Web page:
Estate planning is the process of designating how your assets should be transferred to your beneficiaries in the event of your death or incapacitation. Think of it as preparing a care package for your loved ones. It’s your chance to ensure the wealth and assets you’ve worked so hard for throughout your life will go directly to the people you care about most when you’re no longer here or unable to manage them yourself.
Just imagine, your lifetime of work—the home where countless memories were made, the savings account that grew little by little every month, even your favorite antique brooch—all safely passed on to your children, grandchildren, or other beneficiaries you choose. That’s what estate planning is all about.
But let’s be honest, the process of creating an estate plan can be complex and sometimes confusing. Here’s everything you need to know!
A will, also known as a “last will and testament,” is a legally binding document that outlines how you want your assets distributed after your death. It serves as a guide for your loved ones and the courts to ensure your final wishes are fulfilled. Without a will, you die “intestate,” which means the state law will determine how your assets are distributed—a process that may not align with your wishes. Here’s what typically goes into a will:
A trust is a fiduciary relationship where you give a third party, the trustee, the authority to hold and manage your assets on behalf of the trust’s beneficiaries. Trusts are versatile and can be used in many ways. They can reduce estate taxes or help you control your finances, for example. There are several types of trusts you can include in your estate plan:
A Power of Attorney (POA) is a potent legal document that allows one person, known as the “principal,” to grant another person or organization, referred to as the “agent” or “attorney-in-fact,” the authority to act on their behalf in various matters. This could be due to the principal’s absence, incapacity, or simply a desire for assistance. There are several types of power of attorney, each serving different purposes and offering varying levels of power to the agent. The most common you’ll usually hear about are:
A medical directive, or advance directive, is a legal document that outlines a person’s decisions about their medical care if they become unable to make these decisions themselves. This could occur if the person becomes seriously ill or incapacitated due to an accident or illness. The purpose of having an advance directive as part of your estate plan is to ensure that healthcare professionals follow the patient’s own values and choices at a time when they cannot express their wishes. It provides clear communication to both medical staff and family members about what medical treatment the person does or does not want.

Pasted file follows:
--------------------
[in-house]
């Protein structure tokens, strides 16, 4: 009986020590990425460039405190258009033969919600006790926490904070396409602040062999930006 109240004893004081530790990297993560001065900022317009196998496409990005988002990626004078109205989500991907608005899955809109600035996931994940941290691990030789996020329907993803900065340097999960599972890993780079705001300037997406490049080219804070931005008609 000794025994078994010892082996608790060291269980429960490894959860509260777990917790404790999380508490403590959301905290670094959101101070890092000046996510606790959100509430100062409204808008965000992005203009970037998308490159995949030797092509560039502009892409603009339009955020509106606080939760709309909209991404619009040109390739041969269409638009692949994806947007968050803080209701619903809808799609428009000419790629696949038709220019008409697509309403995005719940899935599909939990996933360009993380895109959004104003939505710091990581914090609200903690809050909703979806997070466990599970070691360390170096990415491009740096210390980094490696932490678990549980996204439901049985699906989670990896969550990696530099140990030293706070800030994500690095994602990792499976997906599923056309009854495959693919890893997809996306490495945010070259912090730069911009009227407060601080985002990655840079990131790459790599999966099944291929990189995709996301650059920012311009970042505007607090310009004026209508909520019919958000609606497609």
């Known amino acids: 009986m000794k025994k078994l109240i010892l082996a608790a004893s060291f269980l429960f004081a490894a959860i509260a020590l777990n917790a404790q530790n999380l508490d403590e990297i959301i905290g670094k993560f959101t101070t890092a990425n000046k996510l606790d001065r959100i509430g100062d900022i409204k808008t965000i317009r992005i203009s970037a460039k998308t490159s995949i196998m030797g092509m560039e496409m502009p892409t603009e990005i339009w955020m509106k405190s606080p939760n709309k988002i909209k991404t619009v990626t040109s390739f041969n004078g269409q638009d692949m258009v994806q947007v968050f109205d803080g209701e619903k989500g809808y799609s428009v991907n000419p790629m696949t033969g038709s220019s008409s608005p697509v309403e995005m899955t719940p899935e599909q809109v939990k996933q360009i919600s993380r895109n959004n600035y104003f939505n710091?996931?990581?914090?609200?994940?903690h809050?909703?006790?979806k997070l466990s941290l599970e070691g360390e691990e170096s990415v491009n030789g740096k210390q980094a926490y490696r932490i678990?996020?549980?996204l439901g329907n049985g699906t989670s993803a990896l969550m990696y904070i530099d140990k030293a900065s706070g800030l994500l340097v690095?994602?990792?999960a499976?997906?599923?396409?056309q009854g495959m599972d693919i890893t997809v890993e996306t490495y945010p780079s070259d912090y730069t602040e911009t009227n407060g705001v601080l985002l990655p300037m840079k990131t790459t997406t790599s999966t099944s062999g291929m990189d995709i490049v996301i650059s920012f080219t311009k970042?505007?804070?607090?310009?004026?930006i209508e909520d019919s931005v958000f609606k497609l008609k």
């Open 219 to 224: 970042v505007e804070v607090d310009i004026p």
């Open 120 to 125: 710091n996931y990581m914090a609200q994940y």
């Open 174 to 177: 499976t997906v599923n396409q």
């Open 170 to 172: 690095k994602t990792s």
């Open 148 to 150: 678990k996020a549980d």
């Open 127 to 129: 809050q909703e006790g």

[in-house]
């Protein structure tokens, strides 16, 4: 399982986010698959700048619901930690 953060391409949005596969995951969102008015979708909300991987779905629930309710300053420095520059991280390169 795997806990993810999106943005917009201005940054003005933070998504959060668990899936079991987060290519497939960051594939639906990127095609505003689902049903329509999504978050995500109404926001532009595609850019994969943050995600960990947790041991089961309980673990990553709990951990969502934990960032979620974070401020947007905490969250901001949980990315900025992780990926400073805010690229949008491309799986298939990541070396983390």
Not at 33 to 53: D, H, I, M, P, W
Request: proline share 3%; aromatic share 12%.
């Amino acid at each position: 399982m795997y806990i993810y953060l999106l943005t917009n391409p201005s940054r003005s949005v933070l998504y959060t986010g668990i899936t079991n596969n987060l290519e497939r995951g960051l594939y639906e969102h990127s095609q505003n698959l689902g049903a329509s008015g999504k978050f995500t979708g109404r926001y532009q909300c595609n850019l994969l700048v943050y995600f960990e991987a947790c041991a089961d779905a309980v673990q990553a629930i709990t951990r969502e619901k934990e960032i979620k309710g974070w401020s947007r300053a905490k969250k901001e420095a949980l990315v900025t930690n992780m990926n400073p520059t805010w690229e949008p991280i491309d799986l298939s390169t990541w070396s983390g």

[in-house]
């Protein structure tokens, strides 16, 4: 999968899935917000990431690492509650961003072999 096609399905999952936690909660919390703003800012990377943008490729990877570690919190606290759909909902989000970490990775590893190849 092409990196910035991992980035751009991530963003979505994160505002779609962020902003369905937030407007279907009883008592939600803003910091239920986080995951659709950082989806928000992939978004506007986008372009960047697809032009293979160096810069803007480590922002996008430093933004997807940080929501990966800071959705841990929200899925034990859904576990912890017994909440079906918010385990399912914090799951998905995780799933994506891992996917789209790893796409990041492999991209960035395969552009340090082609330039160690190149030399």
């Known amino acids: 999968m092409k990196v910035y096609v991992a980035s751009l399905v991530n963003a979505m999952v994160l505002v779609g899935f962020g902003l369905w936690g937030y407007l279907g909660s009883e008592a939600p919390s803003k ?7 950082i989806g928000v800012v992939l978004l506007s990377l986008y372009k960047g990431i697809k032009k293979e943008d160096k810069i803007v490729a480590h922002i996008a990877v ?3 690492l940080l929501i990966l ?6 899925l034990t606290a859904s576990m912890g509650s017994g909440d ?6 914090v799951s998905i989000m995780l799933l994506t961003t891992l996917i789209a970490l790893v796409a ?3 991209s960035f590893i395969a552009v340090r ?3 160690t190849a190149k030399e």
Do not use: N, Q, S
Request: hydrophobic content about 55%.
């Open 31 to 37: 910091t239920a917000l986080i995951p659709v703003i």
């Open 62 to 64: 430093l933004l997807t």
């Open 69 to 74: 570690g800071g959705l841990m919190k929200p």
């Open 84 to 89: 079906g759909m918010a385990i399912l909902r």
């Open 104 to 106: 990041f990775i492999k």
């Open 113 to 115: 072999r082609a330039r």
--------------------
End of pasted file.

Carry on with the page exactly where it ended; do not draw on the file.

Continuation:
A beneficiary is any person or organization that receives money or benefits from a benefactor. In estate planning, it’s commonly used to refer to a person who will receive assets, property, or other benefits in the event of the benefactor’s death.
Elder law attorneys are lawyers who specialize in issues that affect seniors. Such a professional can help you with anything from retirement planning to long-term care prep and placement. An elder law attorney can even assist with the navigation of Medicare and Medicaid coverage. And – yes! – they do estate planning too!
Planning for the future is important at any age. But, for seniors, retirees, and family caregivers, a well-thought estate plan is essential. Why? An estate plan ensures your wishes are carried out after you pass away. Without one, your assets may not go to the people or causes you want them to. If you’ve been putting it off, now is the perfect time to get familiar with estate planning basics! Download the FREE e-book to learn about all the key parts of an estate plan, where to find more help, and a checklist to help you get better prepared for the process. Download your free e-book here.